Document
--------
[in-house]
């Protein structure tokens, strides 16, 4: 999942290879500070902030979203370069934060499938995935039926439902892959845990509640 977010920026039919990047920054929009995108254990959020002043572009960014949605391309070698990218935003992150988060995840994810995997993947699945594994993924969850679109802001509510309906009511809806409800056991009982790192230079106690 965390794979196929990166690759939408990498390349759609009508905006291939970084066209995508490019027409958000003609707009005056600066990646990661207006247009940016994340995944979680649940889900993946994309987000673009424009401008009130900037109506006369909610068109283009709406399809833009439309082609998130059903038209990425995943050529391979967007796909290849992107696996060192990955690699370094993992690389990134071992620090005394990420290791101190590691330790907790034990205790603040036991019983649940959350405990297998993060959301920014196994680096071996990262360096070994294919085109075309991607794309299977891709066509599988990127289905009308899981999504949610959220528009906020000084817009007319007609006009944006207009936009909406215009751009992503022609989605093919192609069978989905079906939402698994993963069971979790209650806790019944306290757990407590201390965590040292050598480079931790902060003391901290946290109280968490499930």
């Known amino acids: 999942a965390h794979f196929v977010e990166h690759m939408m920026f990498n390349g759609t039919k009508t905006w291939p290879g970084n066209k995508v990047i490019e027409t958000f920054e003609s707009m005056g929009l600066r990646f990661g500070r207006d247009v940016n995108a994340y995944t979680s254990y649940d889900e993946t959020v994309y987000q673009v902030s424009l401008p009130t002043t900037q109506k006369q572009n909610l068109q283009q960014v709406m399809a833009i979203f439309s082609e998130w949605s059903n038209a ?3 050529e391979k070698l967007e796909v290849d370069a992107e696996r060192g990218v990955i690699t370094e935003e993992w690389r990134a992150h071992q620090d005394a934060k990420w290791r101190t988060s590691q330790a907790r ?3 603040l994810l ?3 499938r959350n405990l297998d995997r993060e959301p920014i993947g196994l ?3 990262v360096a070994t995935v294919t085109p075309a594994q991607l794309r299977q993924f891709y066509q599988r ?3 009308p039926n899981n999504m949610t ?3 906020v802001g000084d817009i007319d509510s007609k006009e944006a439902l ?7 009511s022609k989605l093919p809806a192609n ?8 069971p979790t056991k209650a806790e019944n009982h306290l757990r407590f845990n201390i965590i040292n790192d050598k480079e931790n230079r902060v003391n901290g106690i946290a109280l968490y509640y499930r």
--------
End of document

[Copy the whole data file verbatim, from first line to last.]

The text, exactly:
[in-house]
């Protein structure tokens, strides 16, 4: 999942290879500070902030979203370069934060499938995935039926439902892959845990509640 977010920026039919990047920054929009995108254990959020002043572009960014949605391309070698990218935003992150988060995840994810995997993947699945594994993924969850679109802001509510309906009511809806409800056991009982790192230079106690 965390794979196929990166690759939408990498390349759609009508905006291939970084066209995508490019027409958000003609707009005056600066990646990661207006247009940016994340995944979680649940889900993946994309987000673009424009401008009130900037109506006369909610068109283009709406399809833009439309082609998130059903038209990425995943050529391979967007796909290849992107696996060192990955690699370094993992690389990134071992620090005394990420290791101190590691330790907790034990205790603040036991019983649940959350405990297998993060959301920014196994680096071996990262360096070994294919085109075309991607794309299977891709066509599988990127289905009308899981999504949610959220528009906020000084817009007319007609006009944006207009936009909406215009751009992503022609989605093919192609069978989905079906939402698994993963069971979790209650806790019944306290757990407590201390965590040292050598480079931790902060003391901290946290109280968490499930």
């Known amino acids: 999942a965390h794979f196929v977010e990166h690759m939408m920026f990498n390349g759609t039919k009508t905006w291939p290879g970084n066209k995508v990047i490019e027409t958000f920054e003609s707009m005056g929009l600066r990646f990661g500070r207006d247009v940016n995108a994340y995944t979680s254990y649940d889900e993946t959020v994309y987000q673009v902030s424009l401008p009130t002043t900037q109506k006369q572009n909610l068109q283009q960014v709406m399809a833009i979203f439309s082609e998130w949605s059903n038209a ?3 050529e391979k070698l967007e796909v290849d370069a992107e696996r060192g990218v990955i690699t370094e935003e993992w690389r990134a992150h071992q620090d005394a934060k990420w290791r101190t988060s590691q330790a907790r ?3 603040l994810l ?3 499938r959350n405990l297998d995997r993060e959301p920014i993947g196994l ?3 990262v360096a070994t995935v294919t085109p075309a594994q991607l794309r299977q993924f891709y066509q599988r ?3 009308p039926n899981n999504m949610t ?3 906020v802001g000084d817009i007319d509510s007609k006009e944006a439902l ?7 009511s022609k989605l093919p809806a192609n ?8 069971p979790t056991k209650a806790e019944n009982h306290l757990r407590f845990n201390i965590i040292n790192d050598k480079e931790n230079r902060v003391n901290g106690i946290a109280l968490y509640y499930r």